I'm learning the hard reality that if someone in my family needs to see a specialist, there's a good chance we'll be asked to see a specialist in Northern Virginia or Richmond. Maybe it isn't a big deal to you because you work in one of these areas. Maybe it isn’t a big deal schedule an appointment where you spend most of your work week.

But what if you don't? What if it is a big deal?
When I moved to Fredericksburg, I was just past the one-year mark of being on Zoloft after G was born and I wanted to wean off of it before we started trying for baby #2. I tried finding a therapist who had some training in maternal mental illness. I found no one. After a horrible experience with one local therapist with zero postpartum mental illness experience, I knew it was not in my best interest to see “just anyone” when our next baby arrived.
I went into having a second kid knowing what worked and what didn't, mostly through trial and error during G's first year. Medicine helped, but didn’t fully fix my postpartum depression and anxiety issues. I needed therapy to help talk through what I was thinking and feeling. My therapists have done what my midwife or doctor don't: see me at regular intervals to determine how I am doing while I am on medication. My thereapist helps determine whether or not my dosage needs tweaking. My therapist helps me determine if I’m on the right medication. My therapist helps me figure out if it’s the right time to wean off medication and suggest coping mechanisms for when I’m having off days.
Therapists have time to sit down and determine what your diagnosis is and if the dosage your doctor gave you needs adjusting. My dosage actually needed adjusting at least once during my first year postpartum with both boys. 
Every therapy trip I make to Northern Virginia I wonder...What about the mothers with no support system in place? The moms who are anxious and cannot leave their babies with anyone for long periods of time? The moms who work in the area and can't find the time to drive an hour for a 45 minute session and hour back (or longer, because traffic). What about the moms who have to schedule time away from work AND figure out childcare/school schedules?
Perinatal mood and anxiety disorders are illnesses. They can be treated with the right help. Carving out the time for you to get well is important. But the reality is, if it isn't convenient it's a deterrent. I'm willing to bet there are moms around here who have felt commuting wasn't worth it. They tell themselves that if they take their pills as their doctor prescribes, they’ll be a-okay.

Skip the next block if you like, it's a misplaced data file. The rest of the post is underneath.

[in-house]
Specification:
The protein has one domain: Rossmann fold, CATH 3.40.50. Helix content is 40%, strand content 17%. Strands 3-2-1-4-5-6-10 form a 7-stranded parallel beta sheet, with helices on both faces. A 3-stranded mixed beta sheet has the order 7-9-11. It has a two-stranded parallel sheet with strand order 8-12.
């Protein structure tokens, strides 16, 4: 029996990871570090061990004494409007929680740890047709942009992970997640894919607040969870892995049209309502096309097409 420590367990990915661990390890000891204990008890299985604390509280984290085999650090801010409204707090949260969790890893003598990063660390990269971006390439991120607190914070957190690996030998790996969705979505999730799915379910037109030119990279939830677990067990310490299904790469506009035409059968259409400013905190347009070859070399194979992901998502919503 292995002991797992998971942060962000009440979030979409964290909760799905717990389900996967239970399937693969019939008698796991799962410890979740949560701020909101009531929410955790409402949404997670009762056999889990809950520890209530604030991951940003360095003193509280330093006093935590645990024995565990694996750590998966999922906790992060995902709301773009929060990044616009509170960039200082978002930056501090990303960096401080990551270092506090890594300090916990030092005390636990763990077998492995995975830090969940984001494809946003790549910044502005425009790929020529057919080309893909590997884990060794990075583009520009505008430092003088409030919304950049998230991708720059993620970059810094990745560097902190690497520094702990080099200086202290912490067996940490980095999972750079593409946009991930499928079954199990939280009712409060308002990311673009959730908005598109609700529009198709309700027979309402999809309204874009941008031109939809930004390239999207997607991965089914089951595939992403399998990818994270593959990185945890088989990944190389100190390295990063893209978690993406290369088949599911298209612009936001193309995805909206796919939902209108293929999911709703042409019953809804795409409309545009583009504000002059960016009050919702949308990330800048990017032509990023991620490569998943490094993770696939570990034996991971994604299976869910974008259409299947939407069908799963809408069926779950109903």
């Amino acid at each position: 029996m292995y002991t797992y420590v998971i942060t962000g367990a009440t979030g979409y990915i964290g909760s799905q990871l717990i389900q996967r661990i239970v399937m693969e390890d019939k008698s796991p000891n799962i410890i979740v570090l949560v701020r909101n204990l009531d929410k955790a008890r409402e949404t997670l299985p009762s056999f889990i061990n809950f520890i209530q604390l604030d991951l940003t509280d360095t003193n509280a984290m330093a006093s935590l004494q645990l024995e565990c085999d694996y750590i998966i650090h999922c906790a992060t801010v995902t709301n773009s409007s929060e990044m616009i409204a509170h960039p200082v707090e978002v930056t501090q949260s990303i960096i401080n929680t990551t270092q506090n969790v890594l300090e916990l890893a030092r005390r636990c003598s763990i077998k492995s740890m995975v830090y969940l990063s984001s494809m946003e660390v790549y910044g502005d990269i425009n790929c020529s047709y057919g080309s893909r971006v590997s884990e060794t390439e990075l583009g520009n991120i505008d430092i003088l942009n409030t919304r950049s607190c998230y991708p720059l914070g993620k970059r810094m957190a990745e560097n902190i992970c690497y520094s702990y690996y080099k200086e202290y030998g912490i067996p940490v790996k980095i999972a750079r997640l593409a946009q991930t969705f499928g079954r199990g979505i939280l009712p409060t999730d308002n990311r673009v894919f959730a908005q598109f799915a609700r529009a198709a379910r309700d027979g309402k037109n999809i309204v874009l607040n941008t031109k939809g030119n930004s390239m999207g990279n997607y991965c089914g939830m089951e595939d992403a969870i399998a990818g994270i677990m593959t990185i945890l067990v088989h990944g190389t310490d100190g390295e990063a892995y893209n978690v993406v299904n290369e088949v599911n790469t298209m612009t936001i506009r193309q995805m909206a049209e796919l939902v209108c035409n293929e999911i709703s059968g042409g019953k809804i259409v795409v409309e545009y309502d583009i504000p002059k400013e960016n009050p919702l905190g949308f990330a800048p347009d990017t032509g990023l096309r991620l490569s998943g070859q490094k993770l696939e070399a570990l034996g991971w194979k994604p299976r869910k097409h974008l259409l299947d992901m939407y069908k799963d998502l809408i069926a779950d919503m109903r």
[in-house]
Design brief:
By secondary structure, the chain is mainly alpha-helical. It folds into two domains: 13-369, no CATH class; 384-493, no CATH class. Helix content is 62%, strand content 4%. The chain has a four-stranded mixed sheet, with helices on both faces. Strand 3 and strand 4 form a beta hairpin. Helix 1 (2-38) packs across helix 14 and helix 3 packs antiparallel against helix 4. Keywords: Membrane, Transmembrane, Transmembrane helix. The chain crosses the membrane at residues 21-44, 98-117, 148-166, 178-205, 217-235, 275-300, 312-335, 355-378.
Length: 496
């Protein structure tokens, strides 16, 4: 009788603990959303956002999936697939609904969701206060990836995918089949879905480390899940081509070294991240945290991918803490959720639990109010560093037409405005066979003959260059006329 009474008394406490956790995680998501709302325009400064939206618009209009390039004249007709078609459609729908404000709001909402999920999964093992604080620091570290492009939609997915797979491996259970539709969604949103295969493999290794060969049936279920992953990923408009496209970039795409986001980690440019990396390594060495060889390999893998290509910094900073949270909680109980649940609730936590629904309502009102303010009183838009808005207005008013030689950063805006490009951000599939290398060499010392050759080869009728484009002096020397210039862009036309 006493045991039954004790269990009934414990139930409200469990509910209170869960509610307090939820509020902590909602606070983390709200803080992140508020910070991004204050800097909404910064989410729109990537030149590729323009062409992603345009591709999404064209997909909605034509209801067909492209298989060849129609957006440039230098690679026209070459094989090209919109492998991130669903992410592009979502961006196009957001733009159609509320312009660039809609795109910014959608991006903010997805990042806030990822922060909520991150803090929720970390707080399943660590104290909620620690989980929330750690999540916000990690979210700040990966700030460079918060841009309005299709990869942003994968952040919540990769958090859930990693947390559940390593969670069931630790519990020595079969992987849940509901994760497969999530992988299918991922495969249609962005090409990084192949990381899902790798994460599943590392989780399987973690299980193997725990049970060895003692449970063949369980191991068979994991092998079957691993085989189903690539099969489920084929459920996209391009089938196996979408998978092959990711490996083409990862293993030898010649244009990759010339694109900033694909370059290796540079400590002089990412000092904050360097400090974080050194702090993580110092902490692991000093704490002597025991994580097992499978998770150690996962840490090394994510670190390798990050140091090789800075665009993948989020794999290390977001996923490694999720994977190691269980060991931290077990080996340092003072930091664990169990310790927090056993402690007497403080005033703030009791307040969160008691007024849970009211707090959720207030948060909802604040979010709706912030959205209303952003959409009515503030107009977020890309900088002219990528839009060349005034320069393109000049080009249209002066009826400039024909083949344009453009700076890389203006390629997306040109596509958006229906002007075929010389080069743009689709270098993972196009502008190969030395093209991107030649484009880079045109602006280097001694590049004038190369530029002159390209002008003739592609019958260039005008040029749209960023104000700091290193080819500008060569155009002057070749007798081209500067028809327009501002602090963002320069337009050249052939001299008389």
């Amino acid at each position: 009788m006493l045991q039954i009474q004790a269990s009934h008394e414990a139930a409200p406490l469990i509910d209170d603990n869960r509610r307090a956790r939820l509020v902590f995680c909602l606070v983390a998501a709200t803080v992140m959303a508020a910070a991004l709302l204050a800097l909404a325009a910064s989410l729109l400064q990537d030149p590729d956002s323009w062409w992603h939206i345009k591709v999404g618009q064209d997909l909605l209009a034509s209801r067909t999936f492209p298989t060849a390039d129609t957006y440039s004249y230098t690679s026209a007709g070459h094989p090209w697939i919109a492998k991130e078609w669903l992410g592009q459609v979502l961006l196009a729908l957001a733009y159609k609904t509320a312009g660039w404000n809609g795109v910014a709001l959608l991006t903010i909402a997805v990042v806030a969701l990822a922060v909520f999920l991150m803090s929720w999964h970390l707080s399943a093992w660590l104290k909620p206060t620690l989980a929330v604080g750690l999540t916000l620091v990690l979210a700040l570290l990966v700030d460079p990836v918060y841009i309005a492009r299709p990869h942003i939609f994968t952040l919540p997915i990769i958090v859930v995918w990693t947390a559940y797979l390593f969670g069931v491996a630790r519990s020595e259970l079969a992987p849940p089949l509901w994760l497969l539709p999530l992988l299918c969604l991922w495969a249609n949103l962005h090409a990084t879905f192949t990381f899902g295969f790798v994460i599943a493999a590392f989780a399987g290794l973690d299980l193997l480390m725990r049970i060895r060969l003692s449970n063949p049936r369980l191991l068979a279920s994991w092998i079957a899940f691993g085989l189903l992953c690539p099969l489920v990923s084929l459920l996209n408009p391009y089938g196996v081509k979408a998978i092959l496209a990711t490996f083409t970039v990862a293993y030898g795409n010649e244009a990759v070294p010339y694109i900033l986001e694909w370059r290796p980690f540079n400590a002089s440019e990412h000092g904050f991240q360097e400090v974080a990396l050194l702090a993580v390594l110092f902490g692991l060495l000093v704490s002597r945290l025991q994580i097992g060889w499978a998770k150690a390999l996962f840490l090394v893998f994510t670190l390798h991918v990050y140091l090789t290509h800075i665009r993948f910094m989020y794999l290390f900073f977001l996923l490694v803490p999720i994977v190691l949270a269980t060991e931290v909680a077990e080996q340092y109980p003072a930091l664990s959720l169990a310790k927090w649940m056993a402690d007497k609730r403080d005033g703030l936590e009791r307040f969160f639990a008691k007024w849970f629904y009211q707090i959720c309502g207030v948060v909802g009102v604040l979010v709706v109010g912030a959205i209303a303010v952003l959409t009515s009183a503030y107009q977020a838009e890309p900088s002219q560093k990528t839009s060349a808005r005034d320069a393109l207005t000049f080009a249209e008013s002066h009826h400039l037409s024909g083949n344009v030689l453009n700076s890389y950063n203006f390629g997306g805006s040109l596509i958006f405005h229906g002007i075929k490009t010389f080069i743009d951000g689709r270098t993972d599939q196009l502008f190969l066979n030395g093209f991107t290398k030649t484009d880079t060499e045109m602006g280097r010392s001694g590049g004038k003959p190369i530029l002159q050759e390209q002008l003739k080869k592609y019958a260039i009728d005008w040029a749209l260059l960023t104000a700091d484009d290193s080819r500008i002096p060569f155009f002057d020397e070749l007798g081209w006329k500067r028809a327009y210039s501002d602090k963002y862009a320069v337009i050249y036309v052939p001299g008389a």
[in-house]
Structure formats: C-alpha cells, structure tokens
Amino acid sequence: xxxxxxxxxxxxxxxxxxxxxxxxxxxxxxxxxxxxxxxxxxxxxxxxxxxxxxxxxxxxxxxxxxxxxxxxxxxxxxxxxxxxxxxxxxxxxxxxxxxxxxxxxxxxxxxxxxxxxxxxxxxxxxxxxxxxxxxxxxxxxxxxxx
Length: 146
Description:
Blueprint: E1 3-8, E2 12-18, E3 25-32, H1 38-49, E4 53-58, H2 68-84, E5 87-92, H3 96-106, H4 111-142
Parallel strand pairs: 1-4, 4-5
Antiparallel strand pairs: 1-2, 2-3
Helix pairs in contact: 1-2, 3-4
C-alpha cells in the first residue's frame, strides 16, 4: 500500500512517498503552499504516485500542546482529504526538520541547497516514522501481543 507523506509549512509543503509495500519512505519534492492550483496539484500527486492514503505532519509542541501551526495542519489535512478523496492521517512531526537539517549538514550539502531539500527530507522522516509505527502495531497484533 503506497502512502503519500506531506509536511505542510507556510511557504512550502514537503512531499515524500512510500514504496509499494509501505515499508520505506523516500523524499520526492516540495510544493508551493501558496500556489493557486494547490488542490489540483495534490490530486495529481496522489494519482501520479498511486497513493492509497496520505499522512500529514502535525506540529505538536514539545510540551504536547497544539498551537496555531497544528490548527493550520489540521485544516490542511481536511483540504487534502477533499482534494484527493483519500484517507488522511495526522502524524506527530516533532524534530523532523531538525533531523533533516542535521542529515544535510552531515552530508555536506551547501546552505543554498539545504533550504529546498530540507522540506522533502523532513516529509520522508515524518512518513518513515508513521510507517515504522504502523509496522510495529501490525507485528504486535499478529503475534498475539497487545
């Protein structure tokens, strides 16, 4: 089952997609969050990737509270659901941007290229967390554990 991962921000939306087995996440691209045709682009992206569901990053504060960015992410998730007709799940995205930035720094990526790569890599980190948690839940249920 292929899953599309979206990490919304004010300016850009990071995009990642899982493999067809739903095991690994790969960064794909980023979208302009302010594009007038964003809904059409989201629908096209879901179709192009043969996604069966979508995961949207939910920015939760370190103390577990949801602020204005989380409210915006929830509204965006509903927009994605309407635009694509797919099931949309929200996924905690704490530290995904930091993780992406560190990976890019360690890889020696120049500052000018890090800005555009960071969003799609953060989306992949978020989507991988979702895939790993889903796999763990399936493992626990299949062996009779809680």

But what if they’re like me and still don’t feel okay? Who are these moms seeing? How are they making it work?
The truth is, this is a situation thousands of moms find themselves in across the United States. Just read Katherine Stone's recent post Why Moms Can't Get Help for Postpartum Depression & Anxiety. The situations she describes are the ones I've faced in trying to find myself good maternal mental health care since I moved to Fredericksburg two years ago.

Luckily, Postpartum Support Virginia (PSVa) has recognized the need for perinatal mood and anxiety disorder (PMAD) advocates and mental health providers in our area. They want to help healthcare and mental health providers get a little more training when it comes to maternal mental health. They’re building resources and support groups to help new and expectant mothers and their families overcome postpartum anxiety and depression in the Fredericksburg area.

PSVa will be holding a one-day workshop in Fredericksburg on Saturday, September 26 from 9am-4pm. The workshop is $50, which covers materials and lunch.
By the end of the workshop, participants will understand:
1.     The spectrum of perinatal mood and anxiety disorders
2.     Impact of PMADs on mother, baby, and family
3.     How, when, and why to discuss PMADs
4.     Treatment options and intervention strategies
The workshop is open to the following:
Mental health providers, including psychiatrists, psychologists, counselors, social workers
Birth professionals, including doulas, midwives, childbirth educators
PMAD survivors interested in helping women overcome PMADs
The day will be broken into two parts. The morning session will be a general overview for all participants, which will discuss perinatal mood and anxiety disorders and how maternal mental health affects the entire family. 
Then the group will break out into one of three, smaller sessions. One will be specifically for mental health providers to learn different therapeutic techniques when working with mothers with perinatal mood and anxiety disorders.
This is such an excellent opportunity to bring much-needed maternal mental healthcare to Fredericksburg-area moms. If this workshop sounds like something you'd be interested in, please register here.
Not a mental health provider but still want to help moms? PSVa is also going to train volunteers and ambassadors during the workshop! I’m hoping to get a little more information about those sessions to share in my next post, so stay tuned!
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About Emma

emma headshot

Emma is married to her high school sweetheart and is a stay at home mom of two boys: G and L. A wanna-be professional writer and photographer, she can often be found following her boys around with a camera. When she isn’t chasing after her kids, Emma writes about her motherhood journey on her personal blog, Muddy Boots and Diamonds.

Pouches' Community Corner

The Table at St. George’s

The Table at St. George’s is a market-style food pantry serving the extended local community. Visitors are invited to select their own items from a variety of fresh food, including locally grown produce. The Table’s mission is to encourage healthy eating, build relationships with those in need, and blur the lines between those serving and those being served.